2007 Jake the Snake

With ‘cross season fast approaching, it’s time to dust off the nobbies and start riding in the grass. Yesterday, I took my cross bike out for the first time this year. Granted, it’s rolling on smoothies, but it’s still a ‘cross ride.

Last year was my first foray in cross racing and, considering I didn’t know if I’d like it or not, I built a bike on the low-down cheapies. I purchased a Kona Jake The Snake frame, which came in a really cool retro blue paint scheme, bolted on a bunch of old Ultregra parts that were laying around, and threw on an old but unused pair of Forte Titan wheels. It actually came together pretty nicely. Cheap but race ready.

Complete specs:

  • Frame: 2007 Kona Jake the Snake
  • Fork: Kona Carbon
  • Cranks: Ritchey Pro Cross, 38/42 x 175 mm
  • Cassette: Ultegra 9-speed
  • Pedals: XTR PD-M970
  • Bars: Salsa Bell, 46cm (way to wide!)
  • Stem: Ritchey WCS
  • Levers: Ultegra STI
  • Saddle: Sella Gel
  • Wheels: Forte Titan
  • Brakes: Avid Shorty 6

Considering last season brought my inaugural ride on a cross bike, I don’t have any other experience to draw upon for comparison except for my road and mountain bikes. Then, it’s a tough comparison considering I ride a Scott CR1 or a Fuji Team Pro and a Bianchi Oetzi. Those points aside, the Kona is a worthy ride deserving of a good review. It feels stiff and is predictable under load and steering feels lively and responsive, even on the road and at speed. I experienced a variety of courses last year, ranging from mostly grass to the US Nationals course in KCK. The Kona performed equally well on dry grass, screaming across sand pits, or sloshing through nasty mud and snow.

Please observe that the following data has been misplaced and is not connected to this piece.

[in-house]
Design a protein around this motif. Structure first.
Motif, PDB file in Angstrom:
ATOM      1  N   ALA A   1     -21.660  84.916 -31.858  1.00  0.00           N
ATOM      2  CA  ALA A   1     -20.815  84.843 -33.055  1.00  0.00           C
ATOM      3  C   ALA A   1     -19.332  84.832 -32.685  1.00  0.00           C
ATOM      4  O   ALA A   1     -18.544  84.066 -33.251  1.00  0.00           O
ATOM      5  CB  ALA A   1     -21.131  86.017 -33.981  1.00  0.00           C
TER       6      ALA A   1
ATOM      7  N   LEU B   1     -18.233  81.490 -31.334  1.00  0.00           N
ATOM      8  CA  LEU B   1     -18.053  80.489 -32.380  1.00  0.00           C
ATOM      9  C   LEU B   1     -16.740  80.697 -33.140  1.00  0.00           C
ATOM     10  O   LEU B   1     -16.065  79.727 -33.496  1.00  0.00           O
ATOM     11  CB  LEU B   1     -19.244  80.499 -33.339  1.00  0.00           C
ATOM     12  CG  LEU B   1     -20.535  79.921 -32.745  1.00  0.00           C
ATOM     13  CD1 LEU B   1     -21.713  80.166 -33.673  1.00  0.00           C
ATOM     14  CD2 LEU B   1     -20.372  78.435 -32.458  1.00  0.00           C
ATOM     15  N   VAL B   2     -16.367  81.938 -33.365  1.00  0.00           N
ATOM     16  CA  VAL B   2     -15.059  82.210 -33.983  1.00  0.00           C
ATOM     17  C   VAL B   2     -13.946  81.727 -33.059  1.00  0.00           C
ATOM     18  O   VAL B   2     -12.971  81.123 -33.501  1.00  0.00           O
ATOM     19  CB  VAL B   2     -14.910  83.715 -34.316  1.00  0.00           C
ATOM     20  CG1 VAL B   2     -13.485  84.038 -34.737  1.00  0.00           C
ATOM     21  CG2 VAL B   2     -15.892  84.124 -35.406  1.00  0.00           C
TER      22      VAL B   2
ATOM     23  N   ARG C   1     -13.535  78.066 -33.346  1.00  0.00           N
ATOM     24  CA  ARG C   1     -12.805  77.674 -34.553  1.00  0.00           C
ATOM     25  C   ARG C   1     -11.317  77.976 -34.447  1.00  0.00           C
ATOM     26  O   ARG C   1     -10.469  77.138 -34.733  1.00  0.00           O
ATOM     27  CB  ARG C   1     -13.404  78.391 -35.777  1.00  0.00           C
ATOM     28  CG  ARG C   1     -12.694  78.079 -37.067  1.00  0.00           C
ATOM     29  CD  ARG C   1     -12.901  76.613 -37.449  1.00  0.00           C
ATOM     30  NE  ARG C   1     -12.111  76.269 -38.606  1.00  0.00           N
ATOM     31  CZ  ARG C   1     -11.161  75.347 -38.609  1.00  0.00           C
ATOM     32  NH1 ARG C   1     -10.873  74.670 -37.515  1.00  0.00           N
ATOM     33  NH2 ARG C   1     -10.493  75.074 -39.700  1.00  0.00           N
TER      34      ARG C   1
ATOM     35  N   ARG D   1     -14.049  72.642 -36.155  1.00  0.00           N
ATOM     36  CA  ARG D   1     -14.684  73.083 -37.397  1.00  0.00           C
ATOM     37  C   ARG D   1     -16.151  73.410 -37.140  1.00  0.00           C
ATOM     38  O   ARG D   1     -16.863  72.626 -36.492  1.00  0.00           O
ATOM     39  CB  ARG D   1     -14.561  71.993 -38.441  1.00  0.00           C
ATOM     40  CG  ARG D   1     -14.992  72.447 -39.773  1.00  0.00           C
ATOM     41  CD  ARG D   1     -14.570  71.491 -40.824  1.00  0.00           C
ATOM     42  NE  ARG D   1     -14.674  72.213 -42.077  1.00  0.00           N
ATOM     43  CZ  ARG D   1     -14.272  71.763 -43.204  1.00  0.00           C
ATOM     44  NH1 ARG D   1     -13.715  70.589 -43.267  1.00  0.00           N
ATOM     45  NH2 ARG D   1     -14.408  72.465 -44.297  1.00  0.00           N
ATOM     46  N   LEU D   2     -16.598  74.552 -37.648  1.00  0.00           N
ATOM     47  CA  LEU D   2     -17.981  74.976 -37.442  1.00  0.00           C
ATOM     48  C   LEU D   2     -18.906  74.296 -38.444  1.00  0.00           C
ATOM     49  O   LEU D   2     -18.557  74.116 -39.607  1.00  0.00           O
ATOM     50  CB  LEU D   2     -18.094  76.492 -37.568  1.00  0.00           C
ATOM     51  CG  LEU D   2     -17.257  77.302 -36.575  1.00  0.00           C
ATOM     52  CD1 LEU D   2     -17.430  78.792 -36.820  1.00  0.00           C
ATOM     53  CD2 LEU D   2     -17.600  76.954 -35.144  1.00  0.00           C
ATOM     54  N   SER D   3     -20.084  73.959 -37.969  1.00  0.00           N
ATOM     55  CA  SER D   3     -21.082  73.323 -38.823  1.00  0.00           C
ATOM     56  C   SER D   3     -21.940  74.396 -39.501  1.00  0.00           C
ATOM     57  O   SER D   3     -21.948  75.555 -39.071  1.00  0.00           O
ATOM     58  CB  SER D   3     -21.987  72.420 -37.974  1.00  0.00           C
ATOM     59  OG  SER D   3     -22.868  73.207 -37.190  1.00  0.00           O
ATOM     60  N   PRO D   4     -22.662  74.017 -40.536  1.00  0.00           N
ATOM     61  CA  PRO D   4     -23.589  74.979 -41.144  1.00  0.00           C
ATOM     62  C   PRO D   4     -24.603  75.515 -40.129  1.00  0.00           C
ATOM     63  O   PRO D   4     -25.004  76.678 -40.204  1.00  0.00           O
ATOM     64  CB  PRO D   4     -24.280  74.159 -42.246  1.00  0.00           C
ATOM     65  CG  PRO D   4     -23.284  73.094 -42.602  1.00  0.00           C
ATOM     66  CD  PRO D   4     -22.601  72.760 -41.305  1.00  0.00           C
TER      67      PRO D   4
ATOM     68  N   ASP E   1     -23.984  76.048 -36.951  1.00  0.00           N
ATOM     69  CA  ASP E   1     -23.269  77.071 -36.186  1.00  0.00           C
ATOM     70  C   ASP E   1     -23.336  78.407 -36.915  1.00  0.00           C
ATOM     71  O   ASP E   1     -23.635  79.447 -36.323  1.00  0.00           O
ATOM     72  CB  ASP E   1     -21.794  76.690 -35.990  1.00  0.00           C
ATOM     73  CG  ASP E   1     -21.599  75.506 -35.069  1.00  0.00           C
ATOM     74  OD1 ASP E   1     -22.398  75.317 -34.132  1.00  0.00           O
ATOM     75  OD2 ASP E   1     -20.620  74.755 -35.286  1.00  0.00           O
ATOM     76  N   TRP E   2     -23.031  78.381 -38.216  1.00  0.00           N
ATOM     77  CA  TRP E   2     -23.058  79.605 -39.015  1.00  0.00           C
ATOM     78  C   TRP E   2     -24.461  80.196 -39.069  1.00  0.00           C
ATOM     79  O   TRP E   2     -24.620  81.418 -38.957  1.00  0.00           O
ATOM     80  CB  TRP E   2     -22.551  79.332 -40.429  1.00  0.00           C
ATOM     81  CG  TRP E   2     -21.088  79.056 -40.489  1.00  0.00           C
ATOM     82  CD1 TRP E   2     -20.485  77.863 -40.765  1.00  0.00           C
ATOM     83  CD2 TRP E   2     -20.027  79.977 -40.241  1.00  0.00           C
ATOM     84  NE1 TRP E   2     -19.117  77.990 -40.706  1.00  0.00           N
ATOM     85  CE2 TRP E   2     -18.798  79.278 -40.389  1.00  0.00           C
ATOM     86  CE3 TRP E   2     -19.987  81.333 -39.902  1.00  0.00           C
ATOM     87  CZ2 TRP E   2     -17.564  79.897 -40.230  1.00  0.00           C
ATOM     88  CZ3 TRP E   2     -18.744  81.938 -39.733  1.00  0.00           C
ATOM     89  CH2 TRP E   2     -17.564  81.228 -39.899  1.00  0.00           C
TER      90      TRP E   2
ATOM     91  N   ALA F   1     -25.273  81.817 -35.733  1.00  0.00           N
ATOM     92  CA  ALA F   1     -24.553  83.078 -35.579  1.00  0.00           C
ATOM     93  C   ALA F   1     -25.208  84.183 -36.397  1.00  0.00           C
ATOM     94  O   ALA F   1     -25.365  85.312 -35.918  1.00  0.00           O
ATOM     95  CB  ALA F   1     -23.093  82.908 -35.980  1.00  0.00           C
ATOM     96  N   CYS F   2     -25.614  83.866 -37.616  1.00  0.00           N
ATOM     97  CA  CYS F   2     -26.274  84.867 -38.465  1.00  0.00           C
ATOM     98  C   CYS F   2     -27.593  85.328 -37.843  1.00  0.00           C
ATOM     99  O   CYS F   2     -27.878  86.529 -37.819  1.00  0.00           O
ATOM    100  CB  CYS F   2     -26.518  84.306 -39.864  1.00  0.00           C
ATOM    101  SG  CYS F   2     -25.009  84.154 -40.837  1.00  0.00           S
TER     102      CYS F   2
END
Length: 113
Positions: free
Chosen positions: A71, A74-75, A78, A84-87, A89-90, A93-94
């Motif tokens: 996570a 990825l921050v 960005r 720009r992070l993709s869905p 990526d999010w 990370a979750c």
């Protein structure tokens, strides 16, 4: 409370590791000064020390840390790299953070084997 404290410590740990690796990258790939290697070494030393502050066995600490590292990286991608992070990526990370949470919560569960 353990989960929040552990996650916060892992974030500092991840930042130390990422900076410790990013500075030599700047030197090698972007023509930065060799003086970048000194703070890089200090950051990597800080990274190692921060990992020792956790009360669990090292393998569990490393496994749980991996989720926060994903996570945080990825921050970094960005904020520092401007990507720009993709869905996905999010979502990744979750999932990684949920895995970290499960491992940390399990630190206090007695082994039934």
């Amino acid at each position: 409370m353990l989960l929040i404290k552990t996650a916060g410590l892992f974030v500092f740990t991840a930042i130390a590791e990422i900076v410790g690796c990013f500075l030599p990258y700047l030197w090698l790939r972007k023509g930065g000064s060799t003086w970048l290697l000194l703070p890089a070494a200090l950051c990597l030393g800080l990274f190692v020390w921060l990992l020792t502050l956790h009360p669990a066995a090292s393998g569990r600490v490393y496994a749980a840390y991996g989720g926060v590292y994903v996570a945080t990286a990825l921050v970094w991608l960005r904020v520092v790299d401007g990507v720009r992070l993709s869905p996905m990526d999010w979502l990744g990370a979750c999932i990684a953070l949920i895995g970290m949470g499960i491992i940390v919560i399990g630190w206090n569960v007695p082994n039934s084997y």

The only complaints I have are due to components. The Avid 6’s and Titan wheels are a disastrous mix. No amount of tweaking can solve the stopping problem. And, as mentioned above, I didn’t realize how Salsa measured bars. Riding the tops and hoods are fine, but the drops are too far outside my shoulders to be comfortable or aerodynamic.

After a relatively successful season last year (several top 10’s and a few top 5’s), I’m considering upgrades. I’m torn between a building a new, more race-worthy machine or just upgrading components. The Snake holds its own on the course, but I’d like something lighter and with more race-specific geometry. I plan to start the season on the Snake and then, if things go well, upgrade wheels and brakes–both of which can be moved to a new frame. If things go great, I’ll dig in and jump onto a new ride altogether. I’m thinking Scott Team or something funky…perhaps a Rock Lobster.

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